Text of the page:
Release 16 also features downlink CA for FR2 inter-band combinations. This new capability poses a significant challenge, because it requires handling the independent beams coming from the different component carriers.
Overall, Release 16 increases the number of band combinations and their complexity across both FR1 and FR2, but also by combining FR1 and FR2. However, what does that mean in terms of data rates exactly?
Example 1: Intra-band non-contiguous standalone CA FR2
Let’s take the intra-band non-contiguous standalone CA FR2 case with the following conditions:
In Release 15, the maximum band combination for this case is the CA-n260(3A) band combination. The combination allows for three component carriers in the same frequency band with at least one gap between them. Since Release 15 has a maximum channel bandwidth of 400 MHz, you can achieve a total aggregated bandwidth of 1.2 GHz. A maximum frequency separation class of 1.4 GHz enables a maximum modulation of 64QAM, resulting in a maximum throughput of about 9 Gbps.
With the same conditions, Release 16 can more than double this throughput. The band combination changes to CA-n260(6A), allowing for six component carriers and enabling the total aggregated bandwidth to increase to 2.4 GHz. Using a maximum frequency separation class of 2.4 GHz and 256QAM modulation, system capacity increases drastically to a maximum throughput of 24 Gbps.
Impressive, but FR2 standalone deployments are not common yet and it is challenging for devices to support a maximum bandwidth of 400 MHz. However, even in the non-standalone architecture, the throughput increase in Release 16 is noteworthy.
Example 2: Intra-band non-contiguous NSA DL
Keeping the same sub-carrier spacing—MIMO 2X2, and slot-format configuration as in the previous example, and only changing the channel bandwidth per component carrier to 100 MHz—the maximum throughput in Release 16 is still more than twice that of Release 15.
With these conditions, the band combination becomes DC_2A-n260(4A) for Release 15. This combination allows for four component carriers, translating to a total aggregated bandwidth of 400 MHz. Using the maximum frequency separation class of 1.4 GHz and 64QAM modulation, the maximum throughput only reaches about 3 Gbps.
With Release 16, the band combination becomes DC_2A-n260(8A). This band combinations allows for eight instead of four component carriers, and therefore an achievable aggregated bandwidth of 800 MHz. Using a maximum frequency separation class of 2.4 GHz—instead of 1.4 GHz and 256QAM modulation—the maximum throughput now reaches 8 Gbps.
Release 16 design challenges
Whether for SA or NSA mode, Release 16 increases system capacity drastically. However, complexity also increases exponentially because the number of band combinations is greater, there are more component carriers, and the number of bands is also higher.
At FR1 SA mode, the number of combinations grow for all CA types—intra-band contiguous, intra-band non-contiguous, and inter-band—but especially for inter-band. Inter-band combination is more than 12 times that of Release 15.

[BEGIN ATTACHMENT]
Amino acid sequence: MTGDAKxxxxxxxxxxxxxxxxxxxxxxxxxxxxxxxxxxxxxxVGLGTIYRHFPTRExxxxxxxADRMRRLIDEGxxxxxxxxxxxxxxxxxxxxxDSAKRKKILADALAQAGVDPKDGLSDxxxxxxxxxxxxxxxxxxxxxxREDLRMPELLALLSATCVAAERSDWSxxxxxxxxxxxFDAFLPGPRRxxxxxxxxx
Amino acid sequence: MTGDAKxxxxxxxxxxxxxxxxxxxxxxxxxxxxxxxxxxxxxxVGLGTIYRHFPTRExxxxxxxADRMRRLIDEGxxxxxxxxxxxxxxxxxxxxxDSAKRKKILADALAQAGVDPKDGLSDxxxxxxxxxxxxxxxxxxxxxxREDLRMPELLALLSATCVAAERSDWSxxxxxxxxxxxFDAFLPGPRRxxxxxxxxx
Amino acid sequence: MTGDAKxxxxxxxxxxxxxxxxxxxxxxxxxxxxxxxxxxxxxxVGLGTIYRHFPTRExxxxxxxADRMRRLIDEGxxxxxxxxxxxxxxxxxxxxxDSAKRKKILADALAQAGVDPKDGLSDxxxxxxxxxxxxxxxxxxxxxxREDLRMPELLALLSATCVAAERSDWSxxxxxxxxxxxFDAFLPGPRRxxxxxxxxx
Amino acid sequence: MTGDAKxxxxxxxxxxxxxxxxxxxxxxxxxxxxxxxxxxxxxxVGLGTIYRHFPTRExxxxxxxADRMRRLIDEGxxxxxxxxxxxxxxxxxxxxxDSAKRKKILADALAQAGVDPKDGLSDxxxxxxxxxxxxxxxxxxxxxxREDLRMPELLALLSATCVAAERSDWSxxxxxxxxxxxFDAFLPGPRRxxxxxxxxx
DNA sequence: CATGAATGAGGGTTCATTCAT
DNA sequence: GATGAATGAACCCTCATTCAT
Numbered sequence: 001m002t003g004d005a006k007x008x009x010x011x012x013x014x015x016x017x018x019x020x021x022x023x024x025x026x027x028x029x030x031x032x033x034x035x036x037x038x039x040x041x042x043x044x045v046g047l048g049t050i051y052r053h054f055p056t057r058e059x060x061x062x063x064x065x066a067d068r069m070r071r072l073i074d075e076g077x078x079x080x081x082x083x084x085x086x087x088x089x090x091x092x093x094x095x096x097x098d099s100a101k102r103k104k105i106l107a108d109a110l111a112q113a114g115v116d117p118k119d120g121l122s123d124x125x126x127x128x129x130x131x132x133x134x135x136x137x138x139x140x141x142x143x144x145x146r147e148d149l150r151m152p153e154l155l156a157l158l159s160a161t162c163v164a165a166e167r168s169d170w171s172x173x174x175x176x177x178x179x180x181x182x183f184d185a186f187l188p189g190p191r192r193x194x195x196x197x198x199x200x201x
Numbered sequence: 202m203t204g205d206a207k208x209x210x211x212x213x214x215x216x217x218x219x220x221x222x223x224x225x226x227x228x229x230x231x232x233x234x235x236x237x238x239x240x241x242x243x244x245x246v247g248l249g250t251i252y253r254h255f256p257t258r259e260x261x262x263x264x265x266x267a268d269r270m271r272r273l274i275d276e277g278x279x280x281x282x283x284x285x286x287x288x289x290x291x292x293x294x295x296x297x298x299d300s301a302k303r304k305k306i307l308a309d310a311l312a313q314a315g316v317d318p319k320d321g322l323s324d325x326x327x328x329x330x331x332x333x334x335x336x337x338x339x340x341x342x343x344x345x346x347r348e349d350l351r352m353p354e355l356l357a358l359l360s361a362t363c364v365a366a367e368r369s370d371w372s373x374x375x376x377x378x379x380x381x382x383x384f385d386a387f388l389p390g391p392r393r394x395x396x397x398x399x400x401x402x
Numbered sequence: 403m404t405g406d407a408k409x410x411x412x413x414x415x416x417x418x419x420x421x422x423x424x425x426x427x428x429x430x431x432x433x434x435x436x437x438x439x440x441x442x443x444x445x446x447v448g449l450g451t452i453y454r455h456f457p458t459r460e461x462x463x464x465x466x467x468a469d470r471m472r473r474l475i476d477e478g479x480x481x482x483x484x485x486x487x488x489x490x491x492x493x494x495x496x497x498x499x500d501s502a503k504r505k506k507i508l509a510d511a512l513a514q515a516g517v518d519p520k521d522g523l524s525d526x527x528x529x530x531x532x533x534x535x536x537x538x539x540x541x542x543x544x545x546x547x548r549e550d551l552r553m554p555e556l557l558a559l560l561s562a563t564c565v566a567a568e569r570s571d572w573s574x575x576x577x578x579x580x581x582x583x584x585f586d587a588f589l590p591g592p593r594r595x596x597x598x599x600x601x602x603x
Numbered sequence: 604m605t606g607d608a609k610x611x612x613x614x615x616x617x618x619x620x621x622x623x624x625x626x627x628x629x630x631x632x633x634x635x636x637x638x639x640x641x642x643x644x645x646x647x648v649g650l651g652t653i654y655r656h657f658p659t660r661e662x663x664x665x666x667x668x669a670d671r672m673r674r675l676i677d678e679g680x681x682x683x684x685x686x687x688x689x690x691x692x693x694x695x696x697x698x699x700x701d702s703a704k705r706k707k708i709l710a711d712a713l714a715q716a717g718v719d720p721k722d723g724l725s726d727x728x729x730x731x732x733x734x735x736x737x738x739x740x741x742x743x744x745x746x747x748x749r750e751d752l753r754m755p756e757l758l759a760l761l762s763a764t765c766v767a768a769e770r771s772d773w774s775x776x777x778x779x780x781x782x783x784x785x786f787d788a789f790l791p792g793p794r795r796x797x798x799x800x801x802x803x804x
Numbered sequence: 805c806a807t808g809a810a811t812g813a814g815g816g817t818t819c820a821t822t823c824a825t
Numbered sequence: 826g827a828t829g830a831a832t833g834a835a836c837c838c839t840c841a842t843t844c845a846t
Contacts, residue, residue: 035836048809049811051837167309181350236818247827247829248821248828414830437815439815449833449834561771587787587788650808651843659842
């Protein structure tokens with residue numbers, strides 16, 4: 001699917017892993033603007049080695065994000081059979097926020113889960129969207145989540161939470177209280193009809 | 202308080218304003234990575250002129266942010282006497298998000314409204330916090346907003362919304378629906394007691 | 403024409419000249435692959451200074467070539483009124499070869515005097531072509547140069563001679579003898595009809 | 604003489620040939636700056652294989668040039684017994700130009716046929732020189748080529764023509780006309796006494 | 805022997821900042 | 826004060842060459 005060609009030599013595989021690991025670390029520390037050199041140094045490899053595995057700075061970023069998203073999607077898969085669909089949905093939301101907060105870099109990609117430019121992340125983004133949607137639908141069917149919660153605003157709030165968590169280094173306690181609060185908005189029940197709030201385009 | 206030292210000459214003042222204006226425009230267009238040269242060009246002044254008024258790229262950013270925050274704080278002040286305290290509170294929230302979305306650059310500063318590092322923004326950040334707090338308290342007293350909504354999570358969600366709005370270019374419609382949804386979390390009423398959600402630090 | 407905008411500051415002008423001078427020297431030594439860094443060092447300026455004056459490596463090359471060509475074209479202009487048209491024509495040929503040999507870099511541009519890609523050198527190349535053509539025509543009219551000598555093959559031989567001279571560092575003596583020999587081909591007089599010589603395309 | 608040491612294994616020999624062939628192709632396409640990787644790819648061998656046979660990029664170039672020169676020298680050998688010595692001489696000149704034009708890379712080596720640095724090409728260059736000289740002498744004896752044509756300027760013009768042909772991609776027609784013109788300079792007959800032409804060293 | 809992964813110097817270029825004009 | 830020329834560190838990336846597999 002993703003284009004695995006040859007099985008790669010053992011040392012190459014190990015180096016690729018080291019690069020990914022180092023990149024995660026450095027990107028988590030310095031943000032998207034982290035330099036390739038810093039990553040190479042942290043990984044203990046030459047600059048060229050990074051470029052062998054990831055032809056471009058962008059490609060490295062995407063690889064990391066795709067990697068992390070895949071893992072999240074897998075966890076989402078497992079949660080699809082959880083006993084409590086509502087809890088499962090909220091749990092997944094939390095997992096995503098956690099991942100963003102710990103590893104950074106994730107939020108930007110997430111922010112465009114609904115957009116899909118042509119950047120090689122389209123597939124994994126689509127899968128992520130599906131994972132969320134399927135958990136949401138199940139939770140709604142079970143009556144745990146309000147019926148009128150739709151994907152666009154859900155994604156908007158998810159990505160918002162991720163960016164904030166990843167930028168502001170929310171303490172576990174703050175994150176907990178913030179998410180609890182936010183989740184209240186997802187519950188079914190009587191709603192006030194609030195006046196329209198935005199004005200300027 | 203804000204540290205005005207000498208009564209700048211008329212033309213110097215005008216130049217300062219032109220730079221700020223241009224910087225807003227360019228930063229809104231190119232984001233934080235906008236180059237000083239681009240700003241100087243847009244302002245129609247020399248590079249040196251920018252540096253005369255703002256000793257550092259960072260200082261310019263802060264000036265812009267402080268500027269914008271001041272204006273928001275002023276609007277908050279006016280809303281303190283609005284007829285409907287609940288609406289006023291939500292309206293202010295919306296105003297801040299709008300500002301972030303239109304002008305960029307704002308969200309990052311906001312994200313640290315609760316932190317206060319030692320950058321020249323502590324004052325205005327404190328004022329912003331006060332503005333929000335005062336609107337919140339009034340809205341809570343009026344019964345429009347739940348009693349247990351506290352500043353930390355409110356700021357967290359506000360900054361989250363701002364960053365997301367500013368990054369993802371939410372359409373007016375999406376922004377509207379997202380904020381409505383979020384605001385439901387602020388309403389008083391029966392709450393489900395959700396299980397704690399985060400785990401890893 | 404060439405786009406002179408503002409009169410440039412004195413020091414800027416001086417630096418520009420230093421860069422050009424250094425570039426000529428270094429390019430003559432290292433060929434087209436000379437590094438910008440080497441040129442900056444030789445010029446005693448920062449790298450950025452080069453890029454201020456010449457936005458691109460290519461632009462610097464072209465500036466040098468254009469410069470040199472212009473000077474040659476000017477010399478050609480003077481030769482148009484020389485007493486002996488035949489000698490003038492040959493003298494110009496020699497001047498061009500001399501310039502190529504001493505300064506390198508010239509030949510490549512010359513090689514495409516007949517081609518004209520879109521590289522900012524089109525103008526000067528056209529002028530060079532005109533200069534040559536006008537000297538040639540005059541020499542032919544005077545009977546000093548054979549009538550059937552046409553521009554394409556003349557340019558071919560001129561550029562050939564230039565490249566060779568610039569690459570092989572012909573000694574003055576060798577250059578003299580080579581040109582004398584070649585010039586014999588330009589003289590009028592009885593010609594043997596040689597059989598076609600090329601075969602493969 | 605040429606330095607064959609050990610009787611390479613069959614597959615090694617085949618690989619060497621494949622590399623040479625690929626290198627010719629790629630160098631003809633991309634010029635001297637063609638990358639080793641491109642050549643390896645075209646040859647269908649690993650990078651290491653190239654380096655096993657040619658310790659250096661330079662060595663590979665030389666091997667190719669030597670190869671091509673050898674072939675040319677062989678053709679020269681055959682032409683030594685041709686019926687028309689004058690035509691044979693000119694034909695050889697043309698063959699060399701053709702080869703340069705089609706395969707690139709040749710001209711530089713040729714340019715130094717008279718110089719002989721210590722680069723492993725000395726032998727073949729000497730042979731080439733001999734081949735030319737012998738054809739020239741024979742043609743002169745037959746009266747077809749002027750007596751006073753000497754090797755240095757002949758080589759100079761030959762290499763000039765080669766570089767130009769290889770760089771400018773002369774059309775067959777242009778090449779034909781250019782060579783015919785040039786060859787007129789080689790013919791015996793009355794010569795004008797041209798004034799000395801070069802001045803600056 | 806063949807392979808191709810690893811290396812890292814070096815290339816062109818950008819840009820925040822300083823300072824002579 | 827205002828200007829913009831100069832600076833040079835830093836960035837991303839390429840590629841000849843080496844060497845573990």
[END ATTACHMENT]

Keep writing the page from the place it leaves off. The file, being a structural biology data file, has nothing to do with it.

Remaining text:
In NSA mode, the number of band combinations defined in Release 16 is more than four times the number of band combinations in Release 15, growing from about 900 to more than 4,000 for inter-band combinations. Complexity also grows exponentially with the number of component carriers with up to 6 different bands in the same band combination.
At FR2, the increase is even greater because there is more spectrum available at these frequencies. The number of component carriers that you can combine in NSA mode reaches 17 DL component carriers. There is an increase as well in SA mode with some bands defined in Release 16, which will grow further with Release 17.
Also, there are more band combinations in FR1+FR2 cases. For CA, the number of band combinations is more than 25 times that of Release 15, and the number of component carriers you can aggregate reach up to 10 on the downlink or 9 on the uplink. For NSA, the number of band combinations increases from about 300 to more than 9,000 in Release 16.
This complexity brings new challenges. Engineers will need to handle higher frequencies and higher bandwidths. Filter design and performance optimization becomes more complex with Release 16. Engineers will need to handle multiple component carriers, sometimes in different bands, and the high throughput in the protocol stack. If you are working on FR2 inter-band downlink CA cases, you will need to manage beams independently, and if you are working on MIMO enhancements, you must handle multiple antenna panels.
Solutions to overcome these challenges exist. They cover the entire device workflow and span all test domains—protocol, RF, and performance metrics. Qualcomm and MediaTek, for example, recently used Keysight’s S8701A Protocol R&D Toolset to manage spectrum requirements in 5G CA. You can view a demo video of Qualcomm’s handling of Release 16 in the webinar CA, RF & mmWave Advances with 5G Rel-16.
This article was originally published on EDN.
Jessy Cavazos is part of Keysight’s Industry Solutions Marketing team.